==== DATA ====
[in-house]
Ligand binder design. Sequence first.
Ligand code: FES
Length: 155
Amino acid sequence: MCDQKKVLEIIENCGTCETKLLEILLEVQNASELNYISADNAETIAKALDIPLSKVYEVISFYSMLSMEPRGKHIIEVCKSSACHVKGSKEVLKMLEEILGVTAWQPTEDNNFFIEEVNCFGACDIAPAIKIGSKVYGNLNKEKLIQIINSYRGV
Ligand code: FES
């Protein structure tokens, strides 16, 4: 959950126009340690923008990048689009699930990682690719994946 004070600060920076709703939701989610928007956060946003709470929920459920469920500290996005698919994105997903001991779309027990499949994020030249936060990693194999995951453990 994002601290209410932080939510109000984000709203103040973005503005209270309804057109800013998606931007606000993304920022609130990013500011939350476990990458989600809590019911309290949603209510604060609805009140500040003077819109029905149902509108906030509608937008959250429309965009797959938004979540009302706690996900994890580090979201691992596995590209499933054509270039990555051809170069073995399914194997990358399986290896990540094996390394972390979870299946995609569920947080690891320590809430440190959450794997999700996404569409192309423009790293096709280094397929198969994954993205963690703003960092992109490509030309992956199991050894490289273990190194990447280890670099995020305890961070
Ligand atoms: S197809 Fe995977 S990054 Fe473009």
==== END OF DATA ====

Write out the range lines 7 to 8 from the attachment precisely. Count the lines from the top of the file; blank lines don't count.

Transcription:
């Protein structure tokens, strides 16, 4: 959950126009340690923008990048689009699930990682690719994946 004070600060920076709703939701989610928007956060946003709470929920459920469920500290996005698919994105997903001991779309027990499949994020030249936060990693194999995951453990 994002601290209410932080939510109000984000709203103040973005503005209270309804057109800013998606931007606000993304920022609130990013500011939350476990990458989600809590019911309290949603209510604060609805009140500040003077819109029905149902509108906030509608937008959250429309965009797959938004979540009302706690996900994890580090979201691992596995590209499933054509270039990555051809170069073995399914194997990358399986290896990540094996390394972390979870299946995609569920947080690891320590809430440190959450794997999700996404569409192309423009790293096709280094397929198969994954993205963690703003960092992109490509030309992956199991050894490289273990190194990447280890670099995020305890961070
Ligand atoms: S197809 Fe995977 S990054 Fe473009």